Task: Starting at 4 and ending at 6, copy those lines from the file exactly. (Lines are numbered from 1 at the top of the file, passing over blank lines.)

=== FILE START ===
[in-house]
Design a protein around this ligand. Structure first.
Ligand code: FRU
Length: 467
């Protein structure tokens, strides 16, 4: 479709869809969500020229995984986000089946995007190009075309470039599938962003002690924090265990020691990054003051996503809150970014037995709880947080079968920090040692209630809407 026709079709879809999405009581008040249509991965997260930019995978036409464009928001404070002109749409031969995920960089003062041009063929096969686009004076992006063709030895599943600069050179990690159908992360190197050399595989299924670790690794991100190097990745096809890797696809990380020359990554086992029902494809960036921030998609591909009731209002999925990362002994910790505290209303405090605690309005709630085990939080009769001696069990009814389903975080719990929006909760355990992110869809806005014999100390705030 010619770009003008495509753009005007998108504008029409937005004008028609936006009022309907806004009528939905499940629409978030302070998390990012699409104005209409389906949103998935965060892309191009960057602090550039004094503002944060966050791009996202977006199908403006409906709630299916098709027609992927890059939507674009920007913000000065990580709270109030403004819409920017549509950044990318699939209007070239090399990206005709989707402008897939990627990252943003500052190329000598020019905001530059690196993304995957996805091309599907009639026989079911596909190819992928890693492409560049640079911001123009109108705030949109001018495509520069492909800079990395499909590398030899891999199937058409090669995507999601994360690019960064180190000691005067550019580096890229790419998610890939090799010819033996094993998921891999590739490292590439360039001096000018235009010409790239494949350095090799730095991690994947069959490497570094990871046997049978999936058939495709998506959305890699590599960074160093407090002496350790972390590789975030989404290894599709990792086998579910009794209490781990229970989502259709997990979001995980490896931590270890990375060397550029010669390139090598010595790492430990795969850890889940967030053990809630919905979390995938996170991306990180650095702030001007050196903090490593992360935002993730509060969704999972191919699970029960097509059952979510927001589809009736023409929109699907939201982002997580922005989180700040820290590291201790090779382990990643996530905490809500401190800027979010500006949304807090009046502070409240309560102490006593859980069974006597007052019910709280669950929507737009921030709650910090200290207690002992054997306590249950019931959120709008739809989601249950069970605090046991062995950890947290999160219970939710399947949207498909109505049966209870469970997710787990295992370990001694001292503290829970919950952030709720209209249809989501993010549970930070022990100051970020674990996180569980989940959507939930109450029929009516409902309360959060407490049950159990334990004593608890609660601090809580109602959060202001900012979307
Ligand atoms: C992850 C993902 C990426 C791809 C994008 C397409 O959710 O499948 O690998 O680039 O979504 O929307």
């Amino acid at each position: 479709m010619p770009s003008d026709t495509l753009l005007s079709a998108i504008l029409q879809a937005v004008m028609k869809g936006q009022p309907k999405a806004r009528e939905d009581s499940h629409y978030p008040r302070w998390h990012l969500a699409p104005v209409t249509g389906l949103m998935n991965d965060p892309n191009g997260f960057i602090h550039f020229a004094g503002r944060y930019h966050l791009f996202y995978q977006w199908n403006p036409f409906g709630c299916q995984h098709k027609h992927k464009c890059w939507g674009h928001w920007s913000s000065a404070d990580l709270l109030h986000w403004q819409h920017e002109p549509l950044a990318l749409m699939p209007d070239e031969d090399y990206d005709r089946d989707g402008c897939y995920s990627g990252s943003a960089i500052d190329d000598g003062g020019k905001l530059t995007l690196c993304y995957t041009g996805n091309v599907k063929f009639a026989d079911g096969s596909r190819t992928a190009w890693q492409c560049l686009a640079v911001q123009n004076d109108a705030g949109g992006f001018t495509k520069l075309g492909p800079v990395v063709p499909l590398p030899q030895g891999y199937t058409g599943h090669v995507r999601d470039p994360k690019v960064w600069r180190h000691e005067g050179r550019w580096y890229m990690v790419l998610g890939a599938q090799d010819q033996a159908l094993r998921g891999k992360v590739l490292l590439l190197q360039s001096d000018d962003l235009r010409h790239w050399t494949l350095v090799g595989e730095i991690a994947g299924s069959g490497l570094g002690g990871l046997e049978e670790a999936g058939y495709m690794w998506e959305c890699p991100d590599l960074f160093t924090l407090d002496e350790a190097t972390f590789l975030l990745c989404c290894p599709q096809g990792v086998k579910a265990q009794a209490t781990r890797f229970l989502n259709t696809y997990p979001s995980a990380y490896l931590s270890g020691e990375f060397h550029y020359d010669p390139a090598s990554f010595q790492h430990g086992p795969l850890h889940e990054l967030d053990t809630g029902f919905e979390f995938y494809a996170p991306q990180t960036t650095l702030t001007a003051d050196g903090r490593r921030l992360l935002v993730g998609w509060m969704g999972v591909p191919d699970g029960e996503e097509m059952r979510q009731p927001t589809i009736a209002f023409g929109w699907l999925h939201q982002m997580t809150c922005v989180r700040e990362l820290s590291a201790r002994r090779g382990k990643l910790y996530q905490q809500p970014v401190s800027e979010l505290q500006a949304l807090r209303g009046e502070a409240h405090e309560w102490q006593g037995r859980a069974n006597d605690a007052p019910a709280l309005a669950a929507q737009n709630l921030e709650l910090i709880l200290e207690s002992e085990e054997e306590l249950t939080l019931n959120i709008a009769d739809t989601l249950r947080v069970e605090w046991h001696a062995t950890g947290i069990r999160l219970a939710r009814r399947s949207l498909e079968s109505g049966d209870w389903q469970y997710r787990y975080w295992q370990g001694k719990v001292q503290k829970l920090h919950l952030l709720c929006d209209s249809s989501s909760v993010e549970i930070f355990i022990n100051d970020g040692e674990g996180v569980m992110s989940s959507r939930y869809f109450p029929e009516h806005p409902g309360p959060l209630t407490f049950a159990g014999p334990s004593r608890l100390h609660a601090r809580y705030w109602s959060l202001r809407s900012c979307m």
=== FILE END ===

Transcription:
Length: 467
């Protein structure tokens, strides 16, 4: 479709869809969500020229995984986000089946995007190009075309470039599938962003002690924090265990020691990054003051996503809150970014037995709880947080079968920090040692209630809407 026709079709879809999405009581008040249509991965997260930019995978036409464009928001404070002109749409031969995920960089003062041009063929096969686009004076992006063709030895599943600069050179990690159908992360190197050399595989299924670790690794991100190097990745096809890797696809990380020359990554086992029902494809960036921030998609591909009731209002999925990362002994910790505290209303405090605690309005709630085990939080009769001696069990009814389903975080719990929006909760355990992110869809806005014999100390705030 010619770009003008495509753009005007998108504008029409937005004008028609936006009022309907806004009528939905499940629409978030302070998390990012699409104005209409389906949103998935965060892309191009960057602090550039004094503002944060966050791009996202977006199908403006409906709630299916098709027609992927890059939507674009920007913000000065990580709270109030403004819409920017549509950044990318699939209007070239090399990206005709989707402008897939990627990252943003500052190329000598020019905001530059690196993304995957996805091309599907009639026989079911596909190819992928890693492409560049640079911001123009109108705030949109001018495509520069492909800079990395499909590398030899891999199937058409090669995507999601994360690019960064180190000691005067550019580096890229790419998610890939090799010819033996094993998921891999590739490292590439360039001096000018235009010409790239494949350095090799730095991690994947069959490497570094990871046997049978999936058939495709998506959305890699590599960074160093407090002496350790972390590789975030989404290894599709990792086998579910009794209490781990229970989502259709997990979001995980490896931590270890990375060397550029010669390139090598010595790492430990795969850890889940967030053990809630919905979390995938996170991306990180650095702030001007050196903090490593992360935002993730509060969704999972191919699970029960097509059952979510927001589809009736023409929109699907939201982002997580922005989180700040820290590291201790090779382990990643996530905490809500401190800027979010500006949304807090009046502070409240309560102490006593859980069974006597007052019910709280669950929507737009921030709650910090200290207690002992054997306590249950019931959120709008739809989601249950069970605090046991062995950890947290999160219970939710399947949207498909109505049966209870469970997710787990295992370990001694001292503290829970919950952030709720209209249809989501993010549970930070022990100051970020674990996180569980989940959507939930109450029929009516409902309360959060407490049950159990334990004593608890609660601090809580109602959060202001900012979307
Ligand atoms: C992850 C993902 C990426 C791809 C994008 C397409 O959710 O499948 O690998 O680039 O979504 O929307």